Posted 12:00 AM by

The importance and complexity of the internet continues to grow every day, making a company's internet marketing strategy an even more critical part of a business's overall plan.  The web's complexity can make things especially difficult for a small business, with limited marketing and technology resources. 

Questions a Small Business Should Ask Before Developing Your Internet Marketing StrategyOver the next few weeks, I plan to write about the key components of an internet marketing strategy and various issues that should be considered when developing a small business internet marketing plan. But before you start thinking about specific strategies or tactics, you should first ask yourself (and answer) a few basic questions.

  1. How will your on-line marketing plan work with your off-line or traditional marketing?
    Sounds like a simple question, but it really depends upon your business and objectives.  Will there be synergy between on-line and off-line working together or are there completely different objectives and targets you are trying to reach?  This leads to the next question.

  2. Who are your target markets and customers?
    Are you targeting the same customers that you target off-line or different ones?  Is your ideal internet customer the same as your ideal off-line customer?  These questions depend greatly on your product and branding plans, but should be thought out prior to implementing specific tactics.

  3. How will you find your customers and/or how will they find you on-line?
    This question gets to the heart of your online strategy and plan and will also help determine where your emphasis is and how will you drive traffic to your website.  Depending on your resources and business model, you may choose to prioritize an "Outbound Marketing" vehicle such as email, relying on internal or external sources (list, database, etc.) for prospect data or you may focus more on permission-based or "Inbound Marketing" techniques such as blogs, webinars, social media, twitter, and search engine optimization.  Your plan should include a combination of inbound and outbound vehicles, but where you begin and focus will depend on various factors specific to your business.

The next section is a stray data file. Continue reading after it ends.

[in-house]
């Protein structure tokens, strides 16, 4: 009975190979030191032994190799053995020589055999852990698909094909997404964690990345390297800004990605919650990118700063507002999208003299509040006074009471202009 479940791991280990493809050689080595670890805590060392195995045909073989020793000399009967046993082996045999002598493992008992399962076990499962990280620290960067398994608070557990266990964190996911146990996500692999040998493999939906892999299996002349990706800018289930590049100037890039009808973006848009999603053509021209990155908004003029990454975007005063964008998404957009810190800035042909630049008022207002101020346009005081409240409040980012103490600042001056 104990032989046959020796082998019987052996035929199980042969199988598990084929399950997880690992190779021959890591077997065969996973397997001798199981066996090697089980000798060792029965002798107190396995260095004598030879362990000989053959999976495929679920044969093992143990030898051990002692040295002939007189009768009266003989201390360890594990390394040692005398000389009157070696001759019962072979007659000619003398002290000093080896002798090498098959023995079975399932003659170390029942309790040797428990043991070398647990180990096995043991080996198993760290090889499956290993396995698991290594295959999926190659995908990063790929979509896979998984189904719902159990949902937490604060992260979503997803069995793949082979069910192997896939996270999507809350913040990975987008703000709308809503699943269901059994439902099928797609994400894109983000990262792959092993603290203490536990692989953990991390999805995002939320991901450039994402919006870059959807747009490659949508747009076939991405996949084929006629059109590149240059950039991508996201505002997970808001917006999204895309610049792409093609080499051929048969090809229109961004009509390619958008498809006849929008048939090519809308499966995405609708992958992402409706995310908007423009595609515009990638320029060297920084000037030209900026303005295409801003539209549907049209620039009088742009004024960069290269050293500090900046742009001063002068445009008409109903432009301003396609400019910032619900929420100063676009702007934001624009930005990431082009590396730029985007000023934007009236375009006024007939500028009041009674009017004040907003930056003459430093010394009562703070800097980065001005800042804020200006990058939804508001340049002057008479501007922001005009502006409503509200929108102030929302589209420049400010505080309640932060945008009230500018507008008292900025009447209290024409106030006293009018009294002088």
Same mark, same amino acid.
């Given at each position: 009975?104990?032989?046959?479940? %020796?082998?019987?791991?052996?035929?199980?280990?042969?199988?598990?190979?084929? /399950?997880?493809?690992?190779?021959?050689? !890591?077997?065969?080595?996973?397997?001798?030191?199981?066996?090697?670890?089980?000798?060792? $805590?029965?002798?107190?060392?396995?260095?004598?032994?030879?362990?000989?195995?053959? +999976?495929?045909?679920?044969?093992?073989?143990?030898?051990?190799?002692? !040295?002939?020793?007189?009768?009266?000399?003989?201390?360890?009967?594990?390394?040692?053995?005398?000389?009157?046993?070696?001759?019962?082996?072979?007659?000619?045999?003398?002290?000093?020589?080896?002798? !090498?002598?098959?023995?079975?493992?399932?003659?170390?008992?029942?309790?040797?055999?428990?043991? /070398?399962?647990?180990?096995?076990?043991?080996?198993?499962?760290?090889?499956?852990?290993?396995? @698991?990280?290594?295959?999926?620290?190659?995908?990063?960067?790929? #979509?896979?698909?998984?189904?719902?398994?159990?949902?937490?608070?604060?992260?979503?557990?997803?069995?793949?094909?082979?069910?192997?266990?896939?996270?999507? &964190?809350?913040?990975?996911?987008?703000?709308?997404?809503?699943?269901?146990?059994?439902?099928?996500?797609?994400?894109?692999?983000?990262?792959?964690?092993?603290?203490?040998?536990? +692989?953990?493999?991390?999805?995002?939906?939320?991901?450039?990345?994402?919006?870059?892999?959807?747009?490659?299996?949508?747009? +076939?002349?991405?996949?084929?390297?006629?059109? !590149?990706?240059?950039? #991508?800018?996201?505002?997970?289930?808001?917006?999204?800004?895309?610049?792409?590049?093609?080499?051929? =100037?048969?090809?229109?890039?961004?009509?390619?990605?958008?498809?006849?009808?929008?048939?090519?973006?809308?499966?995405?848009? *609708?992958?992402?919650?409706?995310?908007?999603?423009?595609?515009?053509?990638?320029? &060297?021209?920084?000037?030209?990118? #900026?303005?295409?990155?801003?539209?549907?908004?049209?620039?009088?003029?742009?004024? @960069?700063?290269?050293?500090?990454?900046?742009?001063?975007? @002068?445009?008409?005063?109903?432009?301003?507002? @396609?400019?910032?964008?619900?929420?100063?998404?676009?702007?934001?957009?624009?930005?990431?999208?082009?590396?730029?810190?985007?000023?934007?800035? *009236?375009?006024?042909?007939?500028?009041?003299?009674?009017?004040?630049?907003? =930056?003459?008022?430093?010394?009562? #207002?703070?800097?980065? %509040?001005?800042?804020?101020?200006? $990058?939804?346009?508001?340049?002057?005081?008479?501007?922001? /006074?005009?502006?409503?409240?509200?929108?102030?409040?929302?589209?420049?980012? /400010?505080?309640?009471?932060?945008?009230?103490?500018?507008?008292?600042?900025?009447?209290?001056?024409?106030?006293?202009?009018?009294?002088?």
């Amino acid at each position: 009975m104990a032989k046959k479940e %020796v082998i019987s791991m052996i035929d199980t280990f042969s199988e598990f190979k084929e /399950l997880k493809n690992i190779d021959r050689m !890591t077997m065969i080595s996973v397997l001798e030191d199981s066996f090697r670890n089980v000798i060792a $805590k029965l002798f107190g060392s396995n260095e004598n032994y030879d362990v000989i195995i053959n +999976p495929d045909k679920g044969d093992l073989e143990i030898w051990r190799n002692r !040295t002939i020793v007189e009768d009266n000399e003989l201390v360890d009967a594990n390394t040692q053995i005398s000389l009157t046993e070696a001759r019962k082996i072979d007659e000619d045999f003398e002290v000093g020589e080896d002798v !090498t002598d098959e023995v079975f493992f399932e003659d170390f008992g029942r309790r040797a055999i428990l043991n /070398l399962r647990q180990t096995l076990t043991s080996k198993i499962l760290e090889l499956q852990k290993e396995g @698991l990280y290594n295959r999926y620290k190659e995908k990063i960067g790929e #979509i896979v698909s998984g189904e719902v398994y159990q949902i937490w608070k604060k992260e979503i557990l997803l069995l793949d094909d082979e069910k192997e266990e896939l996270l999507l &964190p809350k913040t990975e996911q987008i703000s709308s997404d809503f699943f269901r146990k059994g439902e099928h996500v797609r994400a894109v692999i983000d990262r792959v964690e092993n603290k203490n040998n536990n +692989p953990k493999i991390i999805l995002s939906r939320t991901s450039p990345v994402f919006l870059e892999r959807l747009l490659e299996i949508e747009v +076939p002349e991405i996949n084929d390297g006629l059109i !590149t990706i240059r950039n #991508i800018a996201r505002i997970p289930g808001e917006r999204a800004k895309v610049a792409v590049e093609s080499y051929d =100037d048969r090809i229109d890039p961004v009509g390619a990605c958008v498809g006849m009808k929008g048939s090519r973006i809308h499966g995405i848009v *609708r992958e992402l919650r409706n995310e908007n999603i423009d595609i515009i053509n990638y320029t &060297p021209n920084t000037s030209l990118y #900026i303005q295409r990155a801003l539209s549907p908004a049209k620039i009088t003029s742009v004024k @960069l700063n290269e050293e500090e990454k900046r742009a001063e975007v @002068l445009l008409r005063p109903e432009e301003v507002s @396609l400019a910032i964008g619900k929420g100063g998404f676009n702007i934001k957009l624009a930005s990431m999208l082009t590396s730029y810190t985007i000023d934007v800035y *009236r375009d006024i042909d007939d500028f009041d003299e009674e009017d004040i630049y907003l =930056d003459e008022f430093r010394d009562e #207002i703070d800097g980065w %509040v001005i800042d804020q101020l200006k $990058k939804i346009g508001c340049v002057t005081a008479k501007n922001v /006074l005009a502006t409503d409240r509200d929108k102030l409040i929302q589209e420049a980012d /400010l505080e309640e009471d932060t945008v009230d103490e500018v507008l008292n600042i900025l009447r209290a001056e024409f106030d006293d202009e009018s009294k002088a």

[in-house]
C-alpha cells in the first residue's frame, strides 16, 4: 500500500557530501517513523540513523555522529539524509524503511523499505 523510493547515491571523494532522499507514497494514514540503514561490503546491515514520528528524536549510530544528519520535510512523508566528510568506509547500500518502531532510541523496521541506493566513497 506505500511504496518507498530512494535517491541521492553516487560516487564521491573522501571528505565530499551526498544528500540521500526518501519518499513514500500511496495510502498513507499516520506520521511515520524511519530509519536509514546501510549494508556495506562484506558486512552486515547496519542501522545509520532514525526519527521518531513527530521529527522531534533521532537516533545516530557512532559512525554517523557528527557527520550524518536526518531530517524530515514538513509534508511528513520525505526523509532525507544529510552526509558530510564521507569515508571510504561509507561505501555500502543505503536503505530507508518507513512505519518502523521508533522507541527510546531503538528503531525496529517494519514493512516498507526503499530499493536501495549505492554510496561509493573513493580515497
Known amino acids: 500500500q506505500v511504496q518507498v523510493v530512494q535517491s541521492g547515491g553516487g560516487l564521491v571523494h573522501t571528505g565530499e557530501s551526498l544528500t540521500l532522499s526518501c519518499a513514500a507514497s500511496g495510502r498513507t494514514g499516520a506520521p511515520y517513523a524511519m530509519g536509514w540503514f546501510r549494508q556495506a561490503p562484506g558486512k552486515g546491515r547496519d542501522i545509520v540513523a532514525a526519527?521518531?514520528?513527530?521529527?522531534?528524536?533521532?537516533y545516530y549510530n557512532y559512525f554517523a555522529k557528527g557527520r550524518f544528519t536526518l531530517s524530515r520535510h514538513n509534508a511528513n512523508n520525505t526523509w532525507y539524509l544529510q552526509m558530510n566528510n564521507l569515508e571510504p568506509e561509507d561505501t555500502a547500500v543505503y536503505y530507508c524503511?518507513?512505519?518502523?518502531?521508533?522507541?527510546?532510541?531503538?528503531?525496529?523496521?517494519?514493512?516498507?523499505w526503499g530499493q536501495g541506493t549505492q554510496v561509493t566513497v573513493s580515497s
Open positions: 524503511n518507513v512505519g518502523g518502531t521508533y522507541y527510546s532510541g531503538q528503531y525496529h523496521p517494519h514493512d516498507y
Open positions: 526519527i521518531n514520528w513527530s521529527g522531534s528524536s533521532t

If you or your company are novices to online or web marketing, you will also want to familiarize yourself with search engine optimization (SEO).  Understanding key words and SEO will help to determine how your company will be found online and how prospects think about your services or products.  If your company sells commercial kitchen products, for instance, it will help to know that 18,100 searches per month are made for the keyword phrase "commercial kitchen equipment," while the phrases "restaurant equipment" and "catering equipment" receive  165,000 and 135,000 searches per month respectively.  If you understand how people think about and search for your services, you can then develop a plan to better target those prospects. Google Adwords is a great place to start, as they offer a free tool that will provide you with key word search data for any term or website.
  4. How will you support your Brand Positioning online?
    This is a very important consideration, so that you don't de-value your brand or confuse your audience for short-term gain.  For instance, if your brand is known as a high end, luxury product, you probably don't want your internet initiatives to focus mostly on price.  Or if your brand is known for providing the best service and customer support, your internet strategy should also be focused on providing innovative on-line service that out shines the competition.  Many companies have made the mistake in thinking that the internet is only about price and have damaged their long-term brand and/or company perception by completely changing their value proposition.
  5. What resources do you need to succeed?
    Who will be responsible and accountable for implementing your company's on-line plan?  Your website, email marketing, and social media initiatives won't manage themselves.  So think through both the marketing and technical skills sets you need and whether your plan will be implemented by internal staff, outside support, or a combination of both.  And realize you can take very different approaches, in regard to insourcing or outsourcing, that can both be successful.  For example, you could outsource your website to an agency that handles every little detail or you could utilize a web content management system that allows your company to update and manage the site yourself, without any technical skill set necessary.  Both choices can be effective, depending on your personnel, budgets and long-term objectives.
  6. How will you measure success?
    It is never too early to think about metrics.  Before you begin planning, try and prioritize some high level objectives.  That way, you can always go back to those goals as you are developing your plan.  Are you focusing on sales?   On leads?  Are you trying to drive business to a brick and mortar location? In regard to your website, email or social media initiatives, always think about what interactions you are trying to drive and what you want customers/visitors to do when they get to your website - buy, register, contact you, etc?
  7. What is your competition doing online?
    Regardless of the situation, it is always wise to know what your competitors are doing.  Check out their websites, sign up for their email newsletters and social media, and figure out how your company can differentiate yourselves or one up the competition.  Time spent researching on the front-end will add much greater value when your plan is implemented.

    These are only a few of the questions you should ask yourself before starting on your plan.  Some may be obvious and others quite simple, but considering them now, rather than later, will minimize your headaches along the way.